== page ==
Thus, although young people ranked school second (after peers) as a primary educator about sex and sexuality—challenging the notion of IP as becoming their primary channel of sexuality education (Rothman et al., 2018; Tanton et al., 2015)—these findings raise questions about whether the content is relevant and wholly valuable to them. In this regard, an important finding in the extant literature is the request from some youth to have IP discussed, not ignored, in a timely way during sexuality education in school and with caregivers as a way of helping them understand the content they may encounter online (Pound et al., 2016; Sørensen & Knudsen, 2006). Some research suggests that, although youth take some basic information away from sexuality education, a key aspect that is lacking, based on their needs, is a discourse of erotics or desire (Allen, 2004). This observation coheres with our finding of the absence of teaching about IP. These findings point to a gap in the conversation that youth are having with caregivers and educators about sex, sexuality, and IP, as we will now elaborate on.
Divergences Between Caregivers, Educators and Youth
In line with previous findings, our results suggest that caregivers overestimate the likelihood of youth disclosure to them, while educators (who anticipate lack of disclosure) arguably have a more realistic understanding (Priebe et al., 2013; Wisniewski et al., 2017). Existing studies point to fear or embarrassment as potential reasons for youth non-disclosure, even when encounters with IP are unintentional (Rothman et al., 2017). Thus, whether young people feel comfortable or safe to disclose their encounters is a socio-cultural factor worth considering when examining some of our results, particularly the gendered patterns.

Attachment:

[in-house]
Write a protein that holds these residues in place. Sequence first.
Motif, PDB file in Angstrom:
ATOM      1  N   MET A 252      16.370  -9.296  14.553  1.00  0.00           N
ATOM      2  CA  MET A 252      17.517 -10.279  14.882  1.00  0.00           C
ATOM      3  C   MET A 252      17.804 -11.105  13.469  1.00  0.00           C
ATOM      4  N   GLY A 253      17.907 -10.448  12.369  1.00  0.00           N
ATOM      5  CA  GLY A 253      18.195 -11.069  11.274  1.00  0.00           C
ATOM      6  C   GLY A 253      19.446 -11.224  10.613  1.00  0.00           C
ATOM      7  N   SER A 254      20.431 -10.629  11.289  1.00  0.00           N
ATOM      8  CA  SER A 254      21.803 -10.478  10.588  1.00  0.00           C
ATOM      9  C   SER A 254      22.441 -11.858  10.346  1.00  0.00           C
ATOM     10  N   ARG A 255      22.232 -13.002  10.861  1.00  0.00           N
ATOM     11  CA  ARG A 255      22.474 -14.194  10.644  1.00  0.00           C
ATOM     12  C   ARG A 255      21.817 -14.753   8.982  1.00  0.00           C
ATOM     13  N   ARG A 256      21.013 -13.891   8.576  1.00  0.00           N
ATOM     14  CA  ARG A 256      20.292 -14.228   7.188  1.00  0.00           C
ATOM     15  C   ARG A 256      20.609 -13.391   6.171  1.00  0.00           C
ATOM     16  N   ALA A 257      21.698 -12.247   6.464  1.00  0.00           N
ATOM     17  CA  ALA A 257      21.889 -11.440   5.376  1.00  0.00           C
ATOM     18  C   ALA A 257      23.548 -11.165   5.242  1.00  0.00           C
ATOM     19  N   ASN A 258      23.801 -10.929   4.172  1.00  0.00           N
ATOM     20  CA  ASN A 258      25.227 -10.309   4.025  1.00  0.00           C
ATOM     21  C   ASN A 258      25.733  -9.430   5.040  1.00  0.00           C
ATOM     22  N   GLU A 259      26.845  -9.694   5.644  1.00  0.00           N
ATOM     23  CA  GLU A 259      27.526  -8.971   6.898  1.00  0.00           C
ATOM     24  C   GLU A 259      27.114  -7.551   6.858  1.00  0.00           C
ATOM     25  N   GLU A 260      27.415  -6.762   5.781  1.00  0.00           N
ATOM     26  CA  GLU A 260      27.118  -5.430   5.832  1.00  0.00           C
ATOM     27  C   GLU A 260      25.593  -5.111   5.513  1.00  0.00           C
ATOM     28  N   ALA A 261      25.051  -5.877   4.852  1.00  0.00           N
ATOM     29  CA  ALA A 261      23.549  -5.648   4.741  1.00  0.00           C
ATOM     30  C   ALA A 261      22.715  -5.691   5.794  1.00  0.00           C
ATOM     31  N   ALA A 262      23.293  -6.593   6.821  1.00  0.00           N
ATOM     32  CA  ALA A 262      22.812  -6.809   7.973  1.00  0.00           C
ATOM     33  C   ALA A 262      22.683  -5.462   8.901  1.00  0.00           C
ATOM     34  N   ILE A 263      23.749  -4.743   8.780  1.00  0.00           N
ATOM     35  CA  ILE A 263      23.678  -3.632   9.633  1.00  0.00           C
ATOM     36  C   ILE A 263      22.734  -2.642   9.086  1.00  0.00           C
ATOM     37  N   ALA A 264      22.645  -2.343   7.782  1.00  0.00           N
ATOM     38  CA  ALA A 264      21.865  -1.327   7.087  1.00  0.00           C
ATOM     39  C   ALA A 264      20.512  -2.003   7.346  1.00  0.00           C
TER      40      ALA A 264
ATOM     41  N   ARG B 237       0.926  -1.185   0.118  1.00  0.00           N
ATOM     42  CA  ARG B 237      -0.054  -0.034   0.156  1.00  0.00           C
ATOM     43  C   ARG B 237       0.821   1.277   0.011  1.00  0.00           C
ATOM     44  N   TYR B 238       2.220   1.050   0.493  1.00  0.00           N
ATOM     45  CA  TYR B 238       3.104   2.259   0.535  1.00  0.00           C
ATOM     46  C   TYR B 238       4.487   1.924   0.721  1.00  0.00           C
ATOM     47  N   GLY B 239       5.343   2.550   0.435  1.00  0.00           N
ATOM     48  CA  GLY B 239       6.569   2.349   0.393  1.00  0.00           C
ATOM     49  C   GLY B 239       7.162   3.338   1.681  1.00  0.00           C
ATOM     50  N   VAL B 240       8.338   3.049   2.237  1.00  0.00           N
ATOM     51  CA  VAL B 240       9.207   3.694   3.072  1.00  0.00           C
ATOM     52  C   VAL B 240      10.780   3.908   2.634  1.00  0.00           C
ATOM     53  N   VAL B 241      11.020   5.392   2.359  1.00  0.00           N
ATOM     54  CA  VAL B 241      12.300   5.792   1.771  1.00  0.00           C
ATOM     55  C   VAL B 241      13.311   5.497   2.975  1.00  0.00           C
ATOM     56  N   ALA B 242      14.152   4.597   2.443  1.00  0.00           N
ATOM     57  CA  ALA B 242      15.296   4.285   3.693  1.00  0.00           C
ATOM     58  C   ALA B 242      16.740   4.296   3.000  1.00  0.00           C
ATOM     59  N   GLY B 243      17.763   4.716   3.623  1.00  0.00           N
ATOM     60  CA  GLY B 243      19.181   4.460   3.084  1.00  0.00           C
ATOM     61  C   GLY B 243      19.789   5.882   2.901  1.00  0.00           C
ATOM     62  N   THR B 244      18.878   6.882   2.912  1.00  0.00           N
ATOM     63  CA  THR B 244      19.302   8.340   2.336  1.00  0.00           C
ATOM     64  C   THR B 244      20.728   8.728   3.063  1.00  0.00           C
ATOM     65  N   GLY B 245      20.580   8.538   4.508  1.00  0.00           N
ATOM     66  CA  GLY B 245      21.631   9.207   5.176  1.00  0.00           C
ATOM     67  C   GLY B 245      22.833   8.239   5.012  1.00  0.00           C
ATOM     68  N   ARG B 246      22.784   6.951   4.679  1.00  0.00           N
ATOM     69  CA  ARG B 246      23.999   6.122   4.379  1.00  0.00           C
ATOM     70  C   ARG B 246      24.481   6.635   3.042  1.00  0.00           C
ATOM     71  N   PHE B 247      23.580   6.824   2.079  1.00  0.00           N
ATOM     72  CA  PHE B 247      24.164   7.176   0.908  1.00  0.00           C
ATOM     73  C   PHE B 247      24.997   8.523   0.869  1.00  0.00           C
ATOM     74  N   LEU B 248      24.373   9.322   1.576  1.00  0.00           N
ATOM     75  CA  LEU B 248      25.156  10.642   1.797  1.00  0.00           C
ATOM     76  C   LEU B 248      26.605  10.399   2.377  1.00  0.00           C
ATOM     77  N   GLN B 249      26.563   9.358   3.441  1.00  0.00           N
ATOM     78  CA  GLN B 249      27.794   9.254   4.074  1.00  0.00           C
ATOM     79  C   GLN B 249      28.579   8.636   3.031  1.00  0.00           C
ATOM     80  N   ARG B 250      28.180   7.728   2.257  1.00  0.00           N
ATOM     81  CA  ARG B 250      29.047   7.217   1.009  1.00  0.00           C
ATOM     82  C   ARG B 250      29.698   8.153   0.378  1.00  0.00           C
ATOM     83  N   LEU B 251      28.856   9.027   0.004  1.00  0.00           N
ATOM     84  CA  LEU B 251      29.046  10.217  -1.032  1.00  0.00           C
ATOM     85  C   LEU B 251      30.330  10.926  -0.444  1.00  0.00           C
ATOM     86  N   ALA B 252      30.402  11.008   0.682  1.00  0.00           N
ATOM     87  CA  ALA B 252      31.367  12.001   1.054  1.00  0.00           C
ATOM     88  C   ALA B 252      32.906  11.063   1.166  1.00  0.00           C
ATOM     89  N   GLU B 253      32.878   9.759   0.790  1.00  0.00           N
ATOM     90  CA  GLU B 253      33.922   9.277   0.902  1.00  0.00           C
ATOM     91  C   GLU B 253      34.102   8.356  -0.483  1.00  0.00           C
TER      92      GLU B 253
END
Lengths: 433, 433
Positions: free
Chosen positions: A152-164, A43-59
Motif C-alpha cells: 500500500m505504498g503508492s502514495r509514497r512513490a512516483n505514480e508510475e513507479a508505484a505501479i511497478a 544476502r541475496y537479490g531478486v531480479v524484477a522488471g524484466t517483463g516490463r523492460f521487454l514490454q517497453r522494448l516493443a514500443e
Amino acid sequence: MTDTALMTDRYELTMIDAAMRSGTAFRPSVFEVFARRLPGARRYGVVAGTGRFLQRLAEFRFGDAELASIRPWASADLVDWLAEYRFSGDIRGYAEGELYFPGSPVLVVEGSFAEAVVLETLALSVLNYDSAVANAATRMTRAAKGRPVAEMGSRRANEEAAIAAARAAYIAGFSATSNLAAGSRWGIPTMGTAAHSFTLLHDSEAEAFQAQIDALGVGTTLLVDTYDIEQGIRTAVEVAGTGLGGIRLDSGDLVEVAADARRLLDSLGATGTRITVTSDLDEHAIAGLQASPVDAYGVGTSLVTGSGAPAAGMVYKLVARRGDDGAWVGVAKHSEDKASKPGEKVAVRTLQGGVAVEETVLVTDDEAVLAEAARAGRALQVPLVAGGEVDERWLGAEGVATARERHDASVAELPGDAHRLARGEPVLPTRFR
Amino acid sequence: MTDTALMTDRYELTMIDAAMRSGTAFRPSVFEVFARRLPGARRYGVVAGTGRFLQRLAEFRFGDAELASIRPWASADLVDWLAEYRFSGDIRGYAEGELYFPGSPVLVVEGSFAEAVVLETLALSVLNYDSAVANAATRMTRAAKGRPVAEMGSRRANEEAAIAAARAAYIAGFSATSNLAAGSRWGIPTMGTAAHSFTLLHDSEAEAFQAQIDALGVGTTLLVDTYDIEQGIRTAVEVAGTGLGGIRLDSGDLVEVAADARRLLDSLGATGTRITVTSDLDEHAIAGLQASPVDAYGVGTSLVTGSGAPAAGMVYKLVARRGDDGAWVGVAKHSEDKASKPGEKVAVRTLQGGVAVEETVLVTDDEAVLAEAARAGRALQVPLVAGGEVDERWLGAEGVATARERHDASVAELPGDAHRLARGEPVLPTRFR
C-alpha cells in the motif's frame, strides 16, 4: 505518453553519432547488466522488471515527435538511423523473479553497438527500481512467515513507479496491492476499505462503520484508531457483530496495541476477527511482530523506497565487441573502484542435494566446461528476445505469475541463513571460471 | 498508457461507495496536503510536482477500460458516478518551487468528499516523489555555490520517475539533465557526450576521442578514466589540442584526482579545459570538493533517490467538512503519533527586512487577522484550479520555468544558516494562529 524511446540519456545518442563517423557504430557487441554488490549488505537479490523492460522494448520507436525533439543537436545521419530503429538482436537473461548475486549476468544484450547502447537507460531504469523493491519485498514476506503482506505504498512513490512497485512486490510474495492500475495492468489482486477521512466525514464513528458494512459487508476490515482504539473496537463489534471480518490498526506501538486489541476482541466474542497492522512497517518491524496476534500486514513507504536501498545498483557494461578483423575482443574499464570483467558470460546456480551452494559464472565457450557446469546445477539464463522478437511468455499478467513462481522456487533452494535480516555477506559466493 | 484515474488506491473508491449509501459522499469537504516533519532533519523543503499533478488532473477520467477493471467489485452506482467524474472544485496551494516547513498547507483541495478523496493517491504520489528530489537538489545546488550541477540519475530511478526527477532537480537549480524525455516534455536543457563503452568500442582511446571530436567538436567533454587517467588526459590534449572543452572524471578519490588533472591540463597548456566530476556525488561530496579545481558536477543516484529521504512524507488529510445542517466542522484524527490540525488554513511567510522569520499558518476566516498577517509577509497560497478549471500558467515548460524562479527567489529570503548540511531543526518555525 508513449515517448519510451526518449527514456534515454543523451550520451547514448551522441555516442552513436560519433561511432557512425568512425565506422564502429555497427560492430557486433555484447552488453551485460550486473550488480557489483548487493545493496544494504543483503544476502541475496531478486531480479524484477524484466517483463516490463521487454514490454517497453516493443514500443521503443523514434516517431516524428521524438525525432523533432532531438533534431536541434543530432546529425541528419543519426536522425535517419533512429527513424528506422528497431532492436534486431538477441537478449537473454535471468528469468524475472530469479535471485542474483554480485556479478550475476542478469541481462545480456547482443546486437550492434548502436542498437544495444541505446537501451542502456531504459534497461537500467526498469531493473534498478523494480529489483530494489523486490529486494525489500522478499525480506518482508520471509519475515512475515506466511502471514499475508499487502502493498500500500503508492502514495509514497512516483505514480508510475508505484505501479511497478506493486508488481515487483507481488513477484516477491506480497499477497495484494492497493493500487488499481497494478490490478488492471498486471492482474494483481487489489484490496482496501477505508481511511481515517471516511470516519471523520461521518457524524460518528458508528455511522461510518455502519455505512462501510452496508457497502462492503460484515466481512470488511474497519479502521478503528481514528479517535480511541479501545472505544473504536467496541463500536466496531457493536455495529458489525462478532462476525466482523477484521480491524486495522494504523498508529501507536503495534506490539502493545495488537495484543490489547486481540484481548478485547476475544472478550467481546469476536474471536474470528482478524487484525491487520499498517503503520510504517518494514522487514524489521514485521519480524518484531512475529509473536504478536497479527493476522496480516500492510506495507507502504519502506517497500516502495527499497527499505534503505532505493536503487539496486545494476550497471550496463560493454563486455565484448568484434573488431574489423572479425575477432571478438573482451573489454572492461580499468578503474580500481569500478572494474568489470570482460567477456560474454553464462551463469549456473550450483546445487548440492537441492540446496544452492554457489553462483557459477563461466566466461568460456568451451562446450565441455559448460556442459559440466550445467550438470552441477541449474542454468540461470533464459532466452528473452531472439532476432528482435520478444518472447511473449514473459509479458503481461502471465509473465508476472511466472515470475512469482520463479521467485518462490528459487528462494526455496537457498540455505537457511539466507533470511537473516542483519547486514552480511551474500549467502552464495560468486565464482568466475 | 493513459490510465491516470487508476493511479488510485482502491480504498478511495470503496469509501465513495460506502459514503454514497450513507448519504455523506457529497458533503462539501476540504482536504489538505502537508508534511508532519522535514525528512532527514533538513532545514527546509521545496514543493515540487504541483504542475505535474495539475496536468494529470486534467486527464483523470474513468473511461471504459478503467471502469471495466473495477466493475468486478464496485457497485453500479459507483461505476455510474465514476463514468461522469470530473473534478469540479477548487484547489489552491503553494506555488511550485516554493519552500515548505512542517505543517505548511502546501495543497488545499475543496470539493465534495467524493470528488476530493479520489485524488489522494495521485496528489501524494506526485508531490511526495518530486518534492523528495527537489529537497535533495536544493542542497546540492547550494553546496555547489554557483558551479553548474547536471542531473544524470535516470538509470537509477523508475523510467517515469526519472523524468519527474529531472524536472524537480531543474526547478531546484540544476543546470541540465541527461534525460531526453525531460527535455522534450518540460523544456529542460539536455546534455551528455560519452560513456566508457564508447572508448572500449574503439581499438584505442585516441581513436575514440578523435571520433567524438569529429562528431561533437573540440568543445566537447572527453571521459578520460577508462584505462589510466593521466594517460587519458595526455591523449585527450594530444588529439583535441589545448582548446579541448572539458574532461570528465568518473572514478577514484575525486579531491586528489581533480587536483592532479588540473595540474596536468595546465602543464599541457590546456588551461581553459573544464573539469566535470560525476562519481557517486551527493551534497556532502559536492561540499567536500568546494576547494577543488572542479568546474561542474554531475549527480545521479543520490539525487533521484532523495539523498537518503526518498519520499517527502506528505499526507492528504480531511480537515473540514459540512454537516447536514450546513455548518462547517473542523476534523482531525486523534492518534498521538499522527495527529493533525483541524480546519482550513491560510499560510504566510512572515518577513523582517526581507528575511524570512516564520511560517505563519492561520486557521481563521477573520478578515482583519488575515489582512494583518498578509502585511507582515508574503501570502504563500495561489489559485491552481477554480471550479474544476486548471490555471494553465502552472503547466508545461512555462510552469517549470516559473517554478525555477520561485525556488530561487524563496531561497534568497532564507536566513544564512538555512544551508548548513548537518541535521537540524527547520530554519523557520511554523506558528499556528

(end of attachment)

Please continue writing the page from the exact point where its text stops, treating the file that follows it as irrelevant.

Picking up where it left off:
Aside from curiosity about sex and sexuality, there were differences between these caregivers, educators and youth regarding what motivates young people to view IP, indicating a disconnect in how youth and significant adults understand the function of IP in young people’s lives, and their sexuality more broadly. Youth ranked IP as providing entertainment and relaxation in their top five motivations, which aligns with the literature (Attwood et al., 2018; Bale, 2011), while relaxation was ranked last across each of the adult stakeholder groups, so there are differing views about how youth perceive the role of IP in their lives, and how their caregivers and educators understand the meaning and presence of IP for youth.
Furthermore, that youth may be motivated to view IP on account of their friends was ranked in the top five across all adult groups, and ranked second after curiosity by caregivers (in comparison to 10th by youth themselves). Caregivers’ attribution of youth IP viewing to peer pressure downplays the challenging notion of children as sexual beings and may to some extent preserve an image of childhood innocence (Jarkovská & Lamb, 2018). The widespread and dominant Western view of children as innocent, pure and asexual (alongside sex as being improper and a source of taboo) has led to anxieties among caregivers about introducing sexual information too early or too much in their children’s lives, which is reflected in the types of messages caregivers deliver to youth about IP (Lamb et al., 2018).
There was also a divergence in understanding between youth and their caregivers as to how prominently caregivers feature as sexuality educators in young people’s lives in comparison to media (Sprecher et al., 2008). Boys and gender diverse participants selected IP as one of their top three sources of information about sex and sexuality (after peers and school, and peers and the Internet, respectively) (Allen, 2009; Scarcelli, 2014). As with previous research, this contrasts with girls’ responses (Tanton et al., 2015). Unlike boys and gender diverse participants, girls did not include IP in their top three sources of information about sex and sexuality, ranking it only sixth. Thus, boys and gender diverse youth reported turning to IP for information about sex before going to caregivers, while girls reported going to the internet in general before caregivers.
In contrast, caregivers ranked themselves higher as a source of education than the Internet or IP. This was especially true for female caregivers who ranked themselves as youth’s primary source of information about sex and sexuality. This could reflect a gendered expectation of mothers to place themselves in this role (Jackson, 2004; Sprecher et al., 2008). Men overestimated the role that IP plays as an information source compared to youth, ranking it second after peers, with gender diverse adults ranking it first.